Tag Archives: WHO

The perfect union: ISUOG and WHO partner for global women’s health

ISUOG Outreach is committed to ensuring that every woman throughout the world has a quality ultrasound scan – and that is evidently assured via training and quality education. With such a mandate, it is with no surprise that the the World Health Organization (WHO) finds an ally in ISUOG Outreach, with whom it has been working as a close partner in the Partnership for Maternal Newborn and Child Health. Recently, the two organizations joined forces to support the WHO Action trails (a multi-site randomized trial of antenatal corticosteroid use for women at risk of imminent preterm birth in hospitals in low-resource countries ) where ISUOG Outreach recruited two of its volunteers to provide training accordingly. Reporting from the field are ISUOG Outreach Trainers Dr. Lynn Coppola (USA) and Dr. Sandhya Maranna (Australia) who share their experiences taking part in the Action Trails in multiple countries – from India to Kenya.

“The ISUOG Outreach is supporting the World Health Organization (WHO) for the ACTION Trails (Antenatal CorticosTeroids for Improving Outcomes in Preterm Newborns) which will be conducted in a total of 28 sites spanning 5 countries.  The study is designed to address current concerns regarding the efficacy and safety of antenatal corticosteroid use in low-resource settings.  Accurate gestational age assessment will be an important component of the study, and the WHO has thus provided an ultrasound machine for each of 28 sites.  ISUOG Outreach trainers are providing the associated fetal biometry training.  Thus far, training has been conducted in India, Bangladesh, Pakistan, and Kenya.  Training in Nigeria is scheduled to occur in May.  Here are some of the highlights!

India:  Sandhya Maranna, an ISUOG Outreach Trainer with academic and clinical background in medicine, radiology and ultrasound, collaborated with WHO as a temporary adviser in the trials.  She trained ten obstetricians and gynaecologists in a 2400-bed tertiary, referral research and teaching hospital in Belgaum in Southern India. ‘Train-the-trainer’ model was employed to standardise protocol with estimating gestational age or patient recruitment into the trials. She and Dr Lynn Coppola will be continuing their collaboration with the quality assurance of the ultrasound component of the project.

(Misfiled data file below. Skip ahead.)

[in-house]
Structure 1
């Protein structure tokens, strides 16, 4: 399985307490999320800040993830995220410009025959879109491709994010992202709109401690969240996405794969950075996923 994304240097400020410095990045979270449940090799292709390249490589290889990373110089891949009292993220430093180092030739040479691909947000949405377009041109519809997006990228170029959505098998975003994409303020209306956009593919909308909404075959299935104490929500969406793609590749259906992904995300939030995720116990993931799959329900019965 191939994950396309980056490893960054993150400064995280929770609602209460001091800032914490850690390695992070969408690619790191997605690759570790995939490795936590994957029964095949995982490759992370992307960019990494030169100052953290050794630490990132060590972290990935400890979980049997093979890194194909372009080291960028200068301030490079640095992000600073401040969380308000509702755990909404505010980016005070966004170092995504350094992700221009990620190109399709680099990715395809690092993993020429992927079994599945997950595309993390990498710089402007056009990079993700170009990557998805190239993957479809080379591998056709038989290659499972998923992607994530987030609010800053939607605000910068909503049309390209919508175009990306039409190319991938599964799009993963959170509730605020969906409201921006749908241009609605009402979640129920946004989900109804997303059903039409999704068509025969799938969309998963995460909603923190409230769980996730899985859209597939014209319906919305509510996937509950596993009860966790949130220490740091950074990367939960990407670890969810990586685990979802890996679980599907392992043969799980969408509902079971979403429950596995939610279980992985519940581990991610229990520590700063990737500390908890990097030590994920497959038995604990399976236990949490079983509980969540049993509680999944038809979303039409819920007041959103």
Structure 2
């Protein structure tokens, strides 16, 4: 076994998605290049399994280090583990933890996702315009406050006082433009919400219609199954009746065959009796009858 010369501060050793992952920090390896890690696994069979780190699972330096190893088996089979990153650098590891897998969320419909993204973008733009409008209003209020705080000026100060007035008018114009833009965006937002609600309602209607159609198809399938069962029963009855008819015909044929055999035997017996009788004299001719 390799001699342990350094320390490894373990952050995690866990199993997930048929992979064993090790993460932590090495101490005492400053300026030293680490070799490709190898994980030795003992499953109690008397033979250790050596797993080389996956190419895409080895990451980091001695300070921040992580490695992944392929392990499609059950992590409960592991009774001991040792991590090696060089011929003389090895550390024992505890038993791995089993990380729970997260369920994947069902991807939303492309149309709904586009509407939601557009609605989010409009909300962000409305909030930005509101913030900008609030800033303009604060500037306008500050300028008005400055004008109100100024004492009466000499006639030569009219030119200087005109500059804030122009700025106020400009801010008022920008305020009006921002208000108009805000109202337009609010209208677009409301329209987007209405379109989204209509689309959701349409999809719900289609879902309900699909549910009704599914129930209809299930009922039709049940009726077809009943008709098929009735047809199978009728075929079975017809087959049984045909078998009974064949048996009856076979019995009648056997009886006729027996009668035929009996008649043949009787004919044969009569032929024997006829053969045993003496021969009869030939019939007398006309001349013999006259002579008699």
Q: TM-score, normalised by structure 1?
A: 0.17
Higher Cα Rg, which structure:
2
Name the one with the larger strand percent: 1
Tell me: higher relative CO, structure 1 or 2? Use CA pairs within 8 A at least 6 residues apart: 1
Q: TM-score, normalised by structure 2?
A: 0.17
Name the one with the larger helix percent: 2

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Dr. Sandhya Maranna observing training in India (Image courtesy of Dr. S. Maranna)

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Teaching hospital in Belgaum, India (Image courtesy of Dr. S. Maranna)

Bangladesh: Training sessions (both didactic and practical) were conducted in both Dhaka and Sylhet, with approximately 10-12 trainees at each site.  ISUOG training materials and Dr. Alfred Abuhamad’s eBook entitled Ultrasound in Obstetrics and Gynecology: A Practical Approach were the primary didactic materials used.  As common with all sites, the trainees in Bangladesh had a wide range of prior experience with fetal ultrasound.  Due to their excitement to participate in the study and to improve their personal ultrasound skills, it was fun and amazingly rewarding to facilitate their learning process. Their enthusiasm to work together as a group and to help each other was obvious.  This picture is of Dr. Maritza Gonzalez (MFM fellow, University of Arizona Health Sciences Center) as she works with some of the trainees in Sylhet.  In the other picture, you can see that the love for selfies shows no national boundaries!  Dr. Saima Sultana and Dr. Salahuddin Ahmed were gracious and kind hosts.

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Training in Bangladesh (Image courtesy of Dr. L. Coppola)

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Dr. Lynn Coppola and the trainees in Bangladesh (Image courtesy of Dr. L. Coppola)

Pakistan:  Approximately 10 trainees from 2 sites met at Aga Khan University in Karachi for the training.  As evidenced by the fact that some trainees even travelled for 8 hours by overnight train, they showed great dedication to preparing their site for the ACTION trial.  Some attendees were motivated enough to even attend the didactic sessions for a second time when conducted in Hyderabad!  Although some of the trainees had prior ultrasound experience, this was the first time that others had ever received formal ultrasound training.  The improvement in their skills, the evolution of their questions, and their expressions of appreciation were all a great reward.  The group picture shows our Pakistan ultrasound trainees, accompanied by local ACTION trial leaders Dr. Shabina Arif, Dr. Farrukh Raza, and Dr. Sajid Soofi.